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Expats who are looking to settle or work in Chile must do extensive research and consider the various visas to decide which would suit their purposes best, whether for a temporary stay or permanent residence. For more information on the different visas offered and specific visa requirements, see the official Department of Foreign Affairs and Migration (Departamento de Extranjería y Migración) website.
Tourist visas for Chile
Tourist visas allow stays in Chile for 90 days as long as visitors are not undertaking paid work activities. A Tourist Card (Tarjeta de Turismo), issued on arrival, should always be carried. A fine must be paid if visitors overstay the time permitted by their visa or tourist card.
This card can sometimes be renewed at an additional fee for an additional 90 days when it nears its expiration date, and this can be arranged through the Department of Foreign Affairs and Migration (Departamento de Extranjería y Migración). Extending the visa is not a guarantee and is decided on a discretionary basis and shouldn't be relied upon. Expats should also be prepared for long queues and waiting times.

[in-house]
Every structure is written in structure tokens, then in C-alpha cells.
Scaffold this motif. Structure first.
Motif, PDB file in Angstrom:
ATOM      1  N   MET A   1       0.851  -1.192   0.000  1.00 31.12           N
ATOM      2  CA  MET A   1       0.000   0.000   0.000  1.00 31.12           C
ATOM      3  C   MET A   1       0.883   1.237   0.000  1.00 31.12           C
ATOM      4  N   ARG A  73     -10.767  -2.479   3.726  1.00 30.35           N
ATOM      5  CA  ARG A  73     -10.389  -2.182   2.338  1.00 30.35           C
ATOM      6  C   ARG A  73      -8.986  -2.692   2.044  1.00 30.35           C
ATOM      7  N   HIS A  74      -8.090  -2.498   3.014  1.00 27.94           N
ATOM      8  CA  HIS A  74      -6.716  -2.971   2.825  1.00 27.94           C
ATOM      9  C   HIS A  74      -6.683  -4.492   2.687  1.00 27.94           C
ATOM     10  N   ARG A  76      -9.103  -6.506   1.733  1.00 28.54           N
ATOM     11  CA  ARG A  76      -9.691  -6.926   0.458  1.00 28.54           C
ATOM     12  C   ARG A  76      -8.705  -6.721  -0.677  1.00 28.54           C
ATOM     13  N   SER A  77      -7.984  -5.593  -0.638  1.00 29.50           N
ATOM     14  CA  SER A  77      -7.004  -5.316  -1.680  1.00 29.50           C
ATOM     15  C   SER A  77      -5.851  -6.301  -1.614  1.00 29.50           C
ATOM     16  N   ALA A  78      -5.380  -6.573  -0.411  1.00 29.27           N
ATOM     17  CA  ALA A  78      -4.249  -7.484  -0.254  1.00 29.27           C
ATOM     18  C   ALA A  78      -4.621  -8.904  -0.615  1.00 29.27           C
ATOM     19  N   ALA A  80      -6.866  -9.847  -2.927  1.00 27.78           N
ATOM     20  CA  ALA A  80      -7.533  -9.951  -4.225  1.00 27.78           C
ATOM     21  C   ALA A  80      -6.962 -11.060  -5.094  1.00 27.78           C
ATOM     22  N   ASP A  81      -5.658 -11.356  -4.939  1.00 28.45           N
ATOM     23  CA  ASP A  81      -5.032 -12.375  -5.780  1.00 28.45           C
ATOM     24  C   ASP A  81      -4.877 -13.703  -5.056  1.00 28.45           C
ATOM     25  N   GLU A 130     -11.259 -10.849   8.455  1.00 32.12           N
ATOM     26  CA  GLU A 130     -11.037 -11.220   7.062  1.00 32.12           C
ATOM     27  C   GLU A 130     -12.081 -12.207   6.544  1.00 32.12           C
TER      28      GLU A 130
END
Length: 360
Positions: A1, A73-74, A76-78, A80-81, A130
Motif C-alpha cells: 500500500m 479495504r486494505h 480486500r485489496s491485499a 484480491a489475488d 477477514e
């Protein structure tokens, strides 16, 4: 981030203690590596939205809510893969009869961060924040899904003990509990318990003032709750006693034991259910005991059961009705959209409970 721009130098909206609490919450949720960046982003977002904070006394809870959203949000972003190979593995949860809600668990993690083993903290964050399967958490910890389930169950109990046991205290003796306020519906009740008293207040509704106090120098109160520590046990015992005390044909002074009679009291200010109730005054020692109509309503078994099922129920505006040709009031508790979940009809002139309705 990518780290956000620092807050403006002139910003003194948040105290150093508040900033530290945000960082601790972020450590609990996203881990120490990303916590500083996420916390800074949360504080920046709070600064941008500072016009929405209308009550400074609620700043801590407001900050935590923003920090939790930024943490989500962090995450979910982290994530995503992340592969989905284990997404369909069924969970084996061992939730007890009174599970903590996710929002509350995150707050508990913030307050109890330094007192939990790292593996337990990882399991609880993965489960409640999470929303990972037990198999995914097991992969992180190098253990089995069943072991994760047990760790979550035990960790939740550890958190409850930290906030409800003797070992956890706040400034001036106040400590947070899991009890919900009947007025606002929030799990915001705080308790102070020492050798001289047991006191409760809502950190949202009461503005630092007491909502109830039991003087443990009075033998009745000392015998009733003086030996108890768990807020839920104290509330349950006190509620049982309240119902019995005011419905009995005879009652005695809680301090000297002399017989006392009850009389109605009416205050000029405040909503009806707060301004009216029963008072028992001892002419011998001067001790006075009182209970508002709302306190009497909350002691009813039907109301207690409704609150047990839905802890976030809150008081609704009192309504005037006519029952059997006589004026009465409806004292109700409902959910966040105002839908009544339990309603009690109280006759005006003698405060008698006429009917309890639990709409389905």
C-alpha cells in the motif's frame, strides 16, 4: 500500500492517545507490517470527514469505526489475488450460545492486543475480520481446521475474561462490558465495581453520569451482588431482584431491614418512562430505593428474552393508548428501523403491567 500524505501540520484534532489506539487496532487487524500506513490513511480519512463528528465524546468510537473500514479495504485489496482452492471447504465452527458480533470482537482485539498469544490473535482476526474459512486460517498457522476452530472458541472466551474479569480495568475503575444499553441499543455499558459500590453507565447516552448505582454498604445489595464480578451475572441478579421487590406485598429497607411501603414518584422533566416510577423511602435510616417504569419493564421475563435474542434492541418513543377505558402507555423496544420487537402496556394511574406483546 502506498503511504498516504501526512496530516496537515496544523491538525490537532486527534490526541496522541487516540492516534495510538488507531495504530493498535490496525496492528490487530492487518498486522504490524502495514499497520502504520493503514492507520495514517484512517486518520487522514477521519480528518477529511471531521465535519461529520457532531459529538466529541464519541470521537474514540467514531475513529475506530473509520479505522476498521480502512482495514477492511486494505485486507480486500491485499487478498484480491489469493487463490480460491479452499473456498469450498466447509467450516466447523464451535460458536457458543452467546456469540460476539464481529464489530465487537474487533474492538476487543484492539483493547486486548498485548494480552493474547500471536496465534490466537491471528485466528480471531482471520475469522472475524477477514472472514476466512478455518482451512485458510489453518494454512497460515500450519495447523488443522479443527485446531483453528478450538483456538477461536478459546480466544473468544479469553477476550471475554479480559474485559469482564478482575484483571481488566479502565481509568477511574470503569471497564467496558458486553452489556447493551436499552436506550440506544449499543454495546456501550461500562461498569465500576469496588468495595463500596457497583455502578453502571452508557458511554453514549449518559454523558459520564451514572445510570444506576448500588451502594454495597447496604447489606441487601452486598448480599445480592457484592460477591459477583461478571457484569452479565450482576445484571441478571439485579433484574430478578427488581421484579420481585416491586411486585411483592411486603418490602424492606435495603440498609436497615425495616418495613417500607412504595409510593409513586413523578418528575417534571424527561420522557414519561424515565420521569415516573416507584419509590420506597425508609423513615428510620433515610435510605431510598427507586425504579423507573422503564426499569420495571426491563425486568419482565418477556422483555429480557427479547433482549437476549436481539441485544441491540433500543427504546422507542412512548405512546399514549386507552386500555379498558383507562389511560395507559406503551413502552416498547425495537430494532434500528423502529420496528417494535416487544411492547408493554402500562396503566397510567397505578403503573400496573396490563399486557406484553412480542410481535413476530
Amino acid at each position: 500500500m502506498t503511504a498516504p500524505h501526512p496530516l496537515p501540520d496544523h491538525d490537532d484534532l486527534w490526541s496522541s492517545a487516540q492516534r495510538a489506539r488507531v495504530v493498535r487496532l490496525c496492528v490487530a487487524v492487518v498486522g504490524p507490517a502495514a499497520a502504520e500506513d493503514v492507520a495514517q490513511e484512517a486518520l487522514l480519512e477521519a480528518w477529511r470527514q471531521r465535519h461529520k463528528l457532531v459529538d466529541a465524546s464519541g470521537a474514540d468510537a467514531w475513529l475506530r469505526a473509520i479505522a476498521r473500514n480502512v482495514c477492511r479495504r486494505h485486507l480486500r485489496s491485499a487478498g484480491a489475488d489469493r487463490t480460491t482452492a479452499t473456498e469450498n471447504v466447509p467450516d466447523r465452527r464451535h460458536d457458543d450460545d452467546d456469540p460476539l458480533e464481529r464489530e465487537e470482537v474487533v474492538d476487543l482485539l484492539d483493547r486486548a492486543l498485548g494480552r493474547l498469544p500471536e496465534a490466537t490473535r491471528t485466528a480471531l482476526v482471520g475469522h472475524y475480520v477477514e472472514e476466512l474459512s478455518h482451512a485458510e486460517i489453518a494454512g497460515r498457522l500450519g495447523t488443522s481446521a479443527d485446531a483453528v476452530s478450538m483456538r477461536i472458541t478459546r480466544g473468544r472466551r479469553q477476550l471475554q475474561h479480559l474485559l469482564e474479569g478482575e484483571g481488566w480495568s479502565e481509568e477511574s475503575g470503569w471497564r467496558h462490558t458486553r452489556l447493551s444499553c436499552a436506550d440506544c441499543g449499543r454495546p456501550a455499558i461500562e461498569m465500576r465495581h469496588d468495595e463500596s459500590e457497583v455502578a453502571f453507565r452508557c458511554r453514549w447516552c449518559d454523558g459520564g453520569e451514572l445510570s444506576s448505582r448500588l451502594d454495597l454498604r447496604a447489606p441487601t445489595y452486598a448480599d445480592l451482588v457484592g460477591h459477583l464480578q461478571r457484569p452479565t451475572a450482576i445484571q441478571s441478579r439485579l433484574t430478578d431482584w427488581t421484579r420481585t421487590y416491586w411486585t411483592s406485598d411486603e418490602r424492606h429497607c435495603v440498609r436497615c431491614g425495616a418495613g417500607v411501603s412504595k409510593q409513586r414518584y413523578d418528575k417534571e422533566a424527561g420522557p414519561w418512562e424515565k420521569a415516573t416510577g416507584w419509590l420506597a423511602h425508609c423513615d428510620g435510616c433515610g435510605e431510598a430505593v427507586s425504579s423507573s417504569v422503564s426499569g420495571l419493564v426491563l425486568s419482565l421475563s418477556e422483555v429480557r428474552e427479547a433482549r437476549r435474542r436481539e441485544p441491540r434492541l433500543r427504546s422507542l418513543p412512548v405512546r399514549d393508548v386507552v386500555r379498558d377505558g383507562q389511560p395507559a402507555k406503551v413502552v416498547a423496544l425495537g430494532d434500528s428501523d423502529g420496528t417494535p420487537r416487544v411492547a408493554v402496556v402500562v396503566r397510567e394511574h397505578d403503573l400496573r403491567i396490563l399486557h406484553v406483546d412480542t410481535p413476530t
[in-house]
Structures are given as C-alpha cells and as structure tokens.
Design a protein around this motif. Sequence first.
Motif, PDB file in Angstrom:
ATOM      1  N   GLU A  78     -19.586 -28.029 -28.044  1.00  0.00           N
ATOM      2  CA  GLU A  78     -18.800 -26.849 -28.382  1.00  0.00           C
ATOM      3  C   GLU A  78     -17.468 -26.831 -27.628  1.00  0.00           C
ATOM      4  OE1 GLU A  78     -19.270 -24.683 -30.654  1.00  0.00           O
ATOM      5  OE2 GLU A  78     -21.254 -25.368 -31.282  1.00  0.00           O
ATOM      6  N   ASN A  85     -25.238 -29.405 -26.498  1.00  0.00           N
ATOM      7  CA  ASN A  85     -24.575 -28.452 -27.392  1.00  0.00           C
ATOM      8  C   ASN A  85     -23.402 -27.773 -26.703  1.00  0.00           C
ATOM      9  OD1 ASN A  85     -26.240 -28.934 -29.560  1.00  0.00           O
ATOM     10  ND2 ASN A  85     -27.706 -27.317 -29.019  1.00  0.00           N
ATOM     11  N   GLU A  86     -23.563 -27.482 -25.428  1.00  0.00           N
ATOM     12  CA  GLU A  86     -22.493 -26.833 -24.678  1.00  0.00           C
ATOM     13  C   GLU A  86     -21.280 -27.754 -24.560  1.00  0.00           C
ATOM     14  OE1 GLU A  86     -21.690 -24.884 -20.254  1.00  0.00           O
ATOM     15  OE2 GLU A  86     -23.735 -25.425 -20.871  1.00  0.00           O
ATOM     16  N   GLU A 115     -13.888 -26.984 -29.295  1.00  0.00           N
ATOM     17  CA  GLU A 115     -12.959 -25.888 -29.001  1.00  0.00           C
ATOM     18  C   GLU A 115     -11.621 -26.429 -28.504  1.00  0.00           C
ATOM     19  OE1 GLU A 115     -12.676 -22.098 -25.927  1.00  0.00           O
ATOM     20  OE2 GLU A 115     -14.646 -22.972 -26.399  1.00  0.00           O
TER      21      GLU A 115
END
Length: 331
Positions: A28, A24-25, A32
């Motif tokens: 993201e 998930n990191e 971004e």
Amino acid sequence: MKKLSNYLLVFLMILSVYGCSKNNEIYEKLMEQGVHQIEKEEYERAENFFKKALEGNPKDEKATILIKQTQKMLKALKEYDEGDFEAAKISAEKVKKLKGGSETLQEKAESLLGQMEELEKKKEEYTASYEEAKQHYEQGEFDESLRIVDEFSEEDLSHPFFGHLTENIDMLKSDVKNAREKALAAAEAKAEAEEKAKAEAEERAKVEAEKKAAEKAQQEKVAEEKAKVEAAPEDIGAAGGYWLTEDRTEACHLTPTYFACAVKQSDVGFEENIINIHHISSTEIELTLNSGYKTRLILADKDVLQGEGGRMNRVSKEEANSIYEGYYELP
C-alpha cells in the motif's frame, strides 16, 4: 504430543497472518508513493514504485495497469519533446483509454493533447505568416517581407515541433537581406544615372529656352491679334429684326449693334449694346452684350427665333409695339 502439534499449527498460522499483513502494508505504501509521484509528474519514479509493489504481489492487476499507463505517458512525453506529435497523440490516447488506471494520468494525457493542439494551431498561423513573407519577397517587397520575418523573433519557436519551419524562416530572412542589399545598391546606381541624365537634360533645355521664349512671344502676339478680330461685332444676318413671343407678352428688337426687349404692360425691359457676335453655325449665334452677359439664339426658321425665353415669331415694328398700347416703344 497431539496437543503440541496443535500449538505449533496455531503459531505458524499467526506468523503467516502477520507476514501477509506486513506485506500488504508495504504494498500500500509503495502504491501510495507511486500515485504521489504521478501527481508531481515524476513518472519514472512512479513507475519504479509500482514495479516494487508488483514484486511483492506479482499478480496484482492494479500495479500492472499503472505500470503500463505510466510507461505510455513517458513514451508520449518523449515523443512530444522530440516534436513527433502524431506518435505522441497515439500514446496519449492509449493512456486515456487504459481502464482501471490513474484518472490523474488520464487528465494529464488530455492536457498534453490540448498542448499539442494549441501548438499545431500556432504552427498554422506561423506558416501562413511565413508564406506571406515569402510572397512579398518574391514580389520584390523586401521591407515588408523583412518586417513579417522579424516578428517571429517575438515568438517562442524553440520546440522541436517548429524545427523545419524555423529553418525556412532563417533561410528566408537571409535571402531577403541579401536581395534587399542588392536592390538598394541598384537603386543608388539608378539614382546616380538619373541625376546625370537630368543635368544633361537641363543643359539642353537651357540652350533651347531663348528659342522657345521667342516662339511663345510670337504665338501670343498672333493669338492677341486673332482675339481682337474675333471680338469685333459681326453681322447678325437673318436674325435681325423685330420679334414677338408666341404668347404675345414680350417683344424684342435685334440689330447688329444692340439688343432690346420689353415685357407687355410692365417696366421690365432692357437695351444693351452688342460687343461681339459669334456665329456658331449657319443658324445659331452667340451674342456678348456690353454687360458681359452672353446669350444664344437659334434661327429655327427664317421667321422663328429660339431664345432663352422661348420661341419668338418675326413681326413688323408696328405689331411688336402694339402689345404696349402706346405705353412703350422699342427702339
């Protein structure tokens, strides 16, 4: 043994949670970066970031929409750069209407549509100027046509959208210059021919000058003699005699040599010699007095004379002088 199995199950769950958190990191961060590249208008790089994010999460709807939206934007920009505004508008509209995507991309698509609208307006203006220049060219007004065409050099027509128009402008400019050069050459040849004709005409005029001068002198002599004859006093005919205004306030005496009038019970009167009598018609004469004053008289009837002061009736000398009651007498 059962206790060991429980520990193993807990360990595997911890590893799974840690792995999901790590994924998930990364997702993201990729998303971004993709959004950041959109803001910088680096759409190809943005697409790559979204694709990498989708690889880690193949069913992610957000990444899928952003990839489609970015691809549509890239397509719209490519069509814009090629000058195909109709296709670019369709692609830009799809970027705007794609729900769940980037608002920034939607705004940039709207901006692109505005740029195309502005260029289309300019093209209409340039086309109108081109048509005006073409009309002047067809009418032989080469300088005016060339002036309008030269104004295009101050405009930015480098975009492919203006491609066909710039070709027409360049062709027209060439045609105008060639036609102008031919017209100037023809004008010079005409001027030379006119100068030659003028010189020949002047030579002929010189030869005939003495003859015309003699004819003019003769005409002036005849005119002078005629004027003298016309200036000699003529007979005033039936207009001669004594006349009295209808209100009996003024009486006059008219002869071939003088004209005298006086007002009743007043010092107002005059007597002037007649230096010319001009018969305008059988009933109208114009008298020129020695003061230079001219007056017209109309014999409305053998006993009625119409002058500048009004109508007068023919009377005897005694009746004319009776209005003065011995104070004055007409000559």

Citizens of many countries, including South Africa, the US, Canada and most of Europe are unlikely to need to apply for a visa for stays in Chile of up to 90 days. These visitors will need their passports on arrival, and they may need to show proof of funds for the duration of their stay and evidence of their scheduled departure date.
Chile has recently brought out an eVisa, named E-Vistur, to expedite the tourist visa application process. The Chilean government is rolling out the eVisa and it is currently only available to Australian citizens, although more countries will become eligible in time.
Nationals of many South American countries need only their national identity documents to enter Chile. Citizens of countries that are not visa-exempt should contact the Chilean embassy in their home country for visa application requirements.
Visitors who are not from visa-exempt countries will have to apply for a tourist visa, at least 30 days in advance. The required documents for obtaining a visa for Chile vary, but normally include a detailed travel itinerary of flights and accommodation as well as proof of funds to sustain the traveller during their stay. Minors travelling require additional documents.
It can take up to 20 days to process the application, after which the visa must be collected and paid for at the designated Chilean embassy.
Up-to-date information on visas and visa fees can be found on the official Department of Foreign Affairs and Migration websites, Extranjeria in Spanish or Minrel in English, and contacting the nearest Chilean embassy is necessary.
Student visas for Chile
Foreign citizens who wish to study in Chile and are already enrolled in an educational institution must obtain a student resident visa.
Student visas are usually valid for one year, unless the duration of the course is shorter than that, though it can be renewed. Students with scholarships for Chile often get their visa validated for the duration that the scholarship allows.